Nonfinite Explores: Brother Android – ‘Pastoral II’

- Posted June 15th, 2015 by

So, this is the spirit of the foliage in Austin, Texas…

I sat down today to give audience to Brother Android’s third release, ‘Pastoral II’, the second in a series of fictional seven inch records released on Bandcamp by this talented, multifaceted composer.

Pastoral II by Brother Android
Let me just start this off by saying I have a strong bias, a distinct fondness for esoteric and experimental 2A03 usage. I began my journey into the world of chip through Famitracker, and grew up with a NES not far from reach for many years. I grew up with these sounds through multiple stages of my life. As such Brother Android strikes close to my heart with ‘Pastoral II’. Furthermore, I have always been impressed by the ability to coax dynamic, progressive sounds out of consoles, and this release does not disappoint in this sense.

The EP starts off with ‘Morning Glory’: a rising tide, a wash of singing squares and undulating noise that eventually breaks into what I can only imagine was meant to be sunrise. A guitar joins the chorus, and the distinct triangles of the 2A03 form a squealing, wailing call and response to the stringed instrument.

‘Winter Cactus’, the second track on the EP, summons forth the bouncy, dub-influenced basslines and percussion of ??? and the beautiful organic plantlike melodies of i, cactus. The addition of a simple organ-type synth and guitar is such a profound spice here, adding notes of muted sadness with bright, short-delay surf rock riff sprinkles. It’s such an atypical combination, but it works.

‘Winter Palm’ reminds me of something Jun Ishikawa would have written, which makes sense as the Kirby line of games is referenced in the credits as a source of inspiration for the EP. The tempo increases a bit for this track as it practically bubbles with positive energy. Melodic leads are begun with rapid 32nd note stabs in the signature Ishikawa style, the triangle hammering out dotted quarter and half note rhythm bass everywhere, adding a staccato vibe to the track. The presence of guitar in these tracks also reminds me of a somewhat notorious musician known for covering classic video games, xoc.  There are a lot of very desirable parallels in ‘Pastoral II’, many references I’m finding to very, very solid works in our collective musical history.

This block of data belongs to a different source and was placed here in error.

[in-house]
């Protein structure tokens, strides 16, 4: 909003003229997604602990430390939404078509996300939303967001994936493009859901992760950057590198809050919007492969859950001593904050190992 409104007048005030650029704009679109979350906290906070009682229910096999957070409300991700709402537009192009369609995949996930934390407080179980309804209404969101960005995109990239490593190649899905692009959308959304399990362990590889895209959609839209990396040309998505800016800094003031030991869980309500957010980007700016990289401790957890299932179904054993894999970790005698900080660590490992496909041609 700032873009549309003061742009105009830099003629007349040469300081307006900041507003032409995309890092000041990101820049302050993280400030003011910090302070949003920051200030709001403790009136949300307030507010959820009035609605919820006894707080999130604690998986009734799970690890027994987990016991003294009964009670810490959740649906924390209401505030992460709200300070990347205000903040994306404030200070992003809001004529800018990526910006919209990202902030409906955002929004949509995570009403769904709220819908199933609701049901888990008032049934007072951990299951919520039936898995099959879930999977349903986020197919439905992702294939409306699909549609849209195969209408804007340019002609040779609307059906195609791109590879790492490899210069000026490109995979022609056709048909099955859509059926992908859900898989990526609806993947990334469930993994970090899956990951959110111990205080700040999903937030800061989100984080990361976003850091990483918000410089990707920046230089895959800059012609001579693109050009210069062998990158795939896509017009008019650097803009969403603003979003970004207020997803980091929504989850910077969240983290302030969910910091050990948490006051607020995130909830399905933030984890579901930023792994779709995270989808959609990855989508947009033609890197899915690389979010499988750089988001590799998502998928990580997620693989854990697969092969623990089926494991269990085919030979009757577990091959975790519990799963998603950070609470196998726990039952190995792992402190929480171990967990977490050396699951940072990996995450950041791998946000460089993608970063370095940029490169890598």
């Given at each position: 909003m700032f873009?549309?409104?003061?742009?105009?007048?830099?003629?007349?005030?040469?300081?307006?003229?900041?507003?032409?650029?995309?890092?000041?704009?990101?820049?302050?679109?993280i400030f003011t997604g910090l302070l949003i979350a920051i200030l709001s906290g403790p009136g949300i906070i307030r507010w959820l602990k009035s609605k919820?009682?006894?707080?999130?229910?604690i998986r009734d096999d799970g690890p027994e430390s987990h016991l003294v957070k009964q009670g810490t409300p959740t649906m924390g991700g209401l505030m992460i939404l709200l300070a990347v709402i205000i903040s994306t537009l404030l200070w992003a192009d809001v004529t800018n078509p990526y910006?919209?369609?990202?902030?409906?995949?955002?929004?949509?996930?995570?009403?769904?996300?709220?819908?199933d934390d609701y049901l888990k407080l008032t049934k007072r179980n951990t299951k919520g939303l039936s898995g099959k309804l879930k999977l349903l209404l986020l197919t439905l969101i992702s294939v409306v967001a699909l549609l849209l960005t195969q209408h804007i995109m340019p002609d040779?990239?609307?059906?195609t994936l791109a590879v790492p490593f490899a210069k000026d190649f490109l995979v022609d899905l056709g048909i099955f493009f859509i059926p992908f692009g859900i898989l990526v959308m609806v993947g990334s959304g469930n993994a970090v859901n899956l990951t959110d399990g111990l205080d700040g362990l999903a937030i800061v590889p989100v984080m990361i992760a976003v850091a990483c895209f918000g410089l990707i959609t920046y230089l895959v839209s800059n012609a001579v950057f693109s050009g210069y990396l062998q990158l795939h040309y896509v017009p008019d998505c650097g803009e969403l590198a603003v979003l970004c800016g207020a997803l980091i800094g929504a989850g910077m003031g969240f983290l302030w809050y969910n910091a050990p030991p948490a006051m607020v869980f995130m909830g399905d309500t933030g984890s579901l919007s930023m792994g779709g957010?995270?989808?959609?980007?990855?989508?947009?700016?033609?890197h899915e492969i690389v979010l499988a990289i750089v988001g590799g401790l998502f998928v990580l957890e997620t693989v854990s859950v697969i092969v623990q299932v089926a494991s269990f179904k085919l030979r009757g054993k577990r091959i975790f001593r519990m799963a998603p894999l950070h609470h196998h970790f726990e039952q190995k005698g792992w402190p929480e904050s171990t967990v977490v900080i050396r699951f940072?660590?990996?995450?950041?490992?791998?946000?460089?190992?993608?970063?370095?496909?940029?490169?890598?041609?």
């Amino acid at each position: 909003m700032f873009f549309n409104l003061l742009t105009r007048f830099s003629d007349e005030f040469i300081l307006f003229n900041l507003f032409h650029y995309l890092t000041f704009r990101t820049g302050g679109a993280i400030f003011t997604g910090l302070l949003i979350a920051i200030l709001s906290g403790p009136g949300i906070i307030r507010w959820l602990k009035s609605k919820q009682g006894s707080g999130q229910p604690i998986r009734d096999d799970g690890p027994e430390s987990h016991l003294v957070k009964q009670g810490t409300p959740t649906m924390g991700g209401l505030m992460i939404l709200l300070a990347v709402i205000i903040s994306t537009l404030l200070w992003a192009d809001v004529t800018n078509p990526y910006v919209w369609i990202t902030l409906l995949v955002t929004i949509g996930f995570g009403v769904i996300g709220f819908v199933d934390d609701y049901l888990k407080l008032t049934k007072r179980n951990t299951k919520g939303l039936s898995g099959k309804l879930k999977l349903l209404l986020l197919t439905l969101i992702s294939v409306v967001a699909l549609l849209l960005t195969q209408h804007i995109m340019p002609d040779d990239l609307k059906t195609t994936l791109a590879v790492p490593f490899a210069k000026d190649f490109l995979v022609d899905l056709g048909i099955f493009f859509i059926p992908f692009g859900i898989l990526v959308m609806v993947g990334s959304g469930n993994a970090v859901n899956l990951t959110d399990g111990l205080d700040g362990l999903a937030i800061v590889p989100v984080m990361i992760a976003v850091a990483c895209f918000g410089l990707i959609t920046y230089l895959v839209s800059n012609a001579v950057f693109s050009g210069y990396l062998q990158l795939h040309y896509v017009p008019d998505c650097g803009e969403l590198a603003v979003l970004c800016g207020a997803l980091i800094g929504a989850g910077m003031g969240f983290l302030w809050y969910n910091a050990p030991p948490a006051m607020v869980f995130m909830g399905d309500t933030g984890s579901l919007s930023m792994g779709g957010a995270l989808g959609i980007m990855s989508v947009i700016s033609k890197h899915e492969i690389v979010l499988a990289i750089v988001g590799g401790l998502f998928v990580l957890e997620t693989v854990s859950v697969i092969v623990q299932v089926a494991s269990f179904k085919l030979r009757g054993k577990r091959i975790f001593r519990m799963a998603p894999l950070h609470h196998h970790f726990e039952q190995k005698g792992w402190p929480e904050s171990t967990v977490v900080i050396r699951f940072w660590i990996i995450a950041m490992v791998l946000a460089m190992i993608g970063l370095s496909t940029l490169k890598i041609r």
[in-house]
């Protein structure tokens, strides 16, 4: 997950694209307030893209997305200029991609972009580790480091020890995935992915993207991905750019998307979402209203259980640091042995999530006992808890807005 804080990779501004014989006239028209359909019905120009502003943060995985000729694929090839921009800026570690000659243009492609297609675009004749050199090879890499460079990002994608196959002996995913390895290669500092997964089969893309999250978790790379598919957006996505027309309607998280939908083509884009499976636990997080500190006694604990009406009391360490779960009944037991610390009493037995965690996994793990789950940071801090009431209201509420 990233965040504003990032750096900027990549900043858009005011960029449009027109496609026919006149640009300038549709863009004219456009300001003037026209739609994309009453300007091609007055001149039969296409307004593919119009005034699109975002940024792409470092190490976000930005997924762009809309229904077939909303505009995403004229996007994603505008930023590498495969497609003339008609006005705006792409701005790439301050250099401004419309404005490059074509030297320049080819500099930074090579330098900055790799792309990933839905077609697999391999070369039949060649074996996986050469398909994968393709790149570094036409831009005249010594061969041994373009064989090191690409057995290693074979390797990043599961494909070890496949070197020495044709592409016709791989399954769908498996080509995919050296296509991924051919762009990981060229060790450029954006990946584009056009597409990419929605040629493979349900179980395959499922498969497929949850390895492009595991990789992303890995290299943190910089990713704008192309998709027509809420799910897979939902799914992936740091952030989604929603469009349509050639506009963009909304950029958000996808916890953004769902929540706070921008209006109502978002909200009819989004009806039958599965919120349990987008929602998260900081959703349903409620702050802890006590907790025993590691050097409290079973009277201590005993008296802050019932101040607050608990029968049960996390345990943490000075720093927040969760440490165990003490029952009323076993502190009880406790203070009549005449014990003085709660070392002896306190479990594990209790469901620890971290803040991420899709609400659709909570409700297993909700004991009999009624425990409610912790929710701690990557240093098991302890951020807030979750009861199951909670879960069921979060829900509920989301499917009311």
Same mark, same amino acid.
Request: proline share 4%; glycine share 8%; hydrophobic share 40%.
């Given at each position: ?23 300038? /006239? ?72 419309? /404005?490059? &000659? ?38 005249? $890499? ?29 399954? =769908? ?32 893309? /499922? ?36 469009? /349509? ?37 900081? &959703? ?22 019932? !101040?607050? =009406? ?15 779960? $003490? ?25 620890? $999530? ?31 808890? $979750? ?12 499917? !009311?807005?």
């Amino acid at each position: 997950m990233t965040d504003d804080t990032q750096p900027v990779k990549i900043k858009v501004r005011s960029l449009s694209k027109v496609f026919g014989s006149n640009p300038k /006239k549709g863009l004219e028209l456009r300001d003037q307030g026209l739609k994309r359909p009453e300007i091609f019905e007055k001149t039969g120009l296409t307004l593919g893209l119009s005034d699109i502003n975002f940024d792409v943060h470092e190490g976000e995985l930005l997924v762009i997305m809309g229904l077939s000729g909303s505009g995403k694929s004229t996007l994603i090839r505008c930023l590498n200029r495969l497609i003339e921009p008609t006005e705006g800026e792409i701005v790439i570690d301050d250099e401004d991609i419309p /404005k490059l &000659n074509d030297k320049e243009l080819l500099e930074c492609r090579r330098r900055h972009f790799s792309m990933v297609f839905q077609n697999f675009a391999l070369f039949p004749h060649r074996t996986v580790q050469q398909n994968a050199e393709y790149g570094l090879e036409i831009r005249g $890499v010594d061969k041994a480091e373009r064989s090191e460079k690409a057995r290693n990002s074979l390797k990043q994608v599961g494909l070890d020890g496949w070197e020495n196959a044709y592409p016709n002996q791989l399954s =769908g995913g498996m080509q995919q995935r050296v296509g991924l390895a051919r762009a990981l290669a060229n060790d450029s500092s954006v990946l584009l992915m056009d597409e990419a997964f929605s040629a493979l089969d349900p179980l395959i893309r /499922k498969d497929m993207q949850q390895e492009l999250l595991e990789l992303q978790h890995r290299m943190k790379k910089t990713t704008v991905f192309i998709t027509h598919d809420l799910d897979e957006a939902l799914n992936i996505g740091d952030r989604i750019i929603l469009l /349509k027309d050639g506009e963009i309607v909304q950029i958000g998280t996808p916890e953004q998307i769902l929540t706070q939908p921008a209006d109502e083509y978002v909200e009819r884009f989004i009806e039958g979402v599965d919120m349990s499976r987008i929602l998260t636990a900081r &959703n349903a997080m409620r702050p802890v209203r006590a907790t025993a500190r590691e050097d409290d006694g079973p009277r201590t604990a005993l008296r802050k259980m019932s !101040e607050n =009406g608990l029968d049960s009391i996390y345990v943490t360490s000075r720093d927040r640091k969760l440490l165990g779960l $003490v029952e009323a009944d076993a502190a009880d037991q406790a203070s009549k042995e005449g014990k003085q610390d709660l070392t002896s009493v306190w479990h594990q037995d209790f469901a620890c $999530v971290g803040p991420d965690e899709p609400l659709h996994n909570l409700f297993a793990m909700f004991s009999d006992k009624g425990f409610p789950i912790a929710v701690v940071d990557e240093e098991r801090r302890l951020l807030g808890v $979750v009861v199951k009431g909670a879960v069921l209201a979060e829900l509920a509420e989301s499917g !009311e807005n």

‘Spanish Dagger’ is a jazzy, swaggering tune complete with Fear Of Dark and Blitz Lunar-esque arpeggios. There’s something lovely about these arps, how Brother, FoD, and Blitz construct them to hit that eleventh half step instead of going to the twelfth, the octave, as many chip musicians would when composing more dance-oriented tracks. Once again, the guitar at the end adds a twist to the song, giving it the momentary feel of a delay and reverb soaked shoegaze track. I find myself stunned at the deftness with which Brother Android stirs together these influences.

Finally, ‘Evening Primrose’ waltzes its way out to join the previous plants, a lovely, simplistic arp-heavy ditty in ¾ time with nice, clean guitar melodies singing alongside.

I feel a wide variety of influence in both chip and traditional genres in each of these tracks, and am again struck by how much of this is done through creative use of the 2A03 chip versus the standard approach. I hear square kicks, I hear odd alterations in noise (much like Zan-Zan-Zawa-Veia might write!) that wouldn’t typically fit into a novice’s repertoire, and I hear freaking Super Mario samples utilized in the best possible way: in tandem with cheeky dub, just like Koji Kondo intended. Jun and Koji influence in the same album. Dear God, yes: Brother Android gets it.

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